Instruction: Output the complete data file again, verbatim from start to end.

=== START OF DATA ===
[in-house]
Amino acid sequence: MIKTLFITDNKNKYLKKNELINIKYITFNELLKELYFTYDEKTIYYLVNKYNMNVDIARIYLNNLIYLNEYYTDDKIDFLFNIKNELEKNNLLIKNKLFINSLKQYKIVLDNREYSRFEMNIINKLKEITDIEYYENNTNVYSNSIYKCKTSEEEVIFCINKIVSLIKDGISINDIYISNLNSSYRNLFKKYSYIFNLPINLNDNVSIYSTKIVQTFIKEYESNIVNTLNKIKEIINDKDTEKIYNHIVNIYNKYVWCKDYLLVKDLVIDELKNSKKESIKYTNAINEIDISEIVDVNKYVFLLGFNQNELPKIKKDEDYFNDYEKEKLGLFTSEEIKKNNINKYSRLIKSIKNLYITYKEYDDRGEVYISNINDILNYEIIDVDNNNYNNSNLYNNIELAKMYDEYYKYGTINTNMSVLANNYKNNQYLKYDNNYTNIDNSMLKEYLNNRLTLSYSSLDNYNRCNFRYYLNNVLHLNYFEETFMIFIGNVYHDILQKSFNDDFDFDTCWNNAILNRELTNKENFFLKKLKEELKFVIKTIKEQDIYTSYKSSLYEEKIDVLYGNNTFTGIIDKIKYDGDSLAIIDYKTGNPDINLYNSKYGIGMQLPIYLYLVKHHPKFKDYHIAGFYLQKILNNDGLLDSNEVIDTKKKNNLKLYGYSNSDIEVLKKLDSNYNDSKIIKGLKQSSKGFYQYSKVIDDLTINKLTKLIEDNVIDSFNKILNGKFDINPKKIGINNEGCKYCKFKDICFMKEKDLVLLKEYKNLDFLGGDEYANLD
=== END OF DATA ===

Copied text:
[in-house]
Amino acid sequence: MIKTLFITDNKNKYLKKNELINIKYITFNELLKELYFTYDEKTIYYLVNKYNMNVDIARIYLNNLIYLNEYYTDDKIDFLFNIKNELEKNNLLIKNKLFINSLKQYKIVLDNREYSRFEMNIINKLKEITDIEYYENNTNVYSNSIYKCKTSEEEVIFCINKIVSLIKDGISINDIYISNLNSSYRNLFKKYSYIFNLPINLNDNVSIYSTKIVQTFIKEYESNIVNTLNKIKEIINDKDTEKIYNHIVNIYNKYVWCKDYLLVKDLVIDELKNSKKESIKYTNAINEIDISEIVDVNKYVFLLGFNQNELPKIKKDEDYFNDYEKEKLGLFTSEEIKKNNINKYSRLIKSIKNLYITYKEYDDRGEVYISNINDILNYEIIDVDNNNYNNSNLYNNIELAKMYDEYYKYGTINTNMSVLANNYKNNQYLKYDNNYTNIDNSMLKEYLNNRLTLSYSSLDNYNRCNFRYYLNNVLHLNYFEETFMIFIGNVYHDILQKSFNDDFDFDTCWNNAILNRELTNKENFFLKKLKEELKFVIKTIKEQDIYTSYKSSLYEEKIDVLYGNNTFTGIIDKIKYDGDSLAIIDYKTGNPDINLYNSKYGIGMQLPIYLYLVKHHPKFKDYHIAGFYLQKILNNDGLLDSNEVIDTKKKNNLKLYGYSNSDIEVLKKLDSNYNDSKIIKGLKQSSKGFYQYSKVIDDLTINKLTKLIEDNVIDSFNKILNGKFDINPKKIGINNEGCKYCKFKDICFMKEKDLVLLKEYKNLDFLGGDEYANLD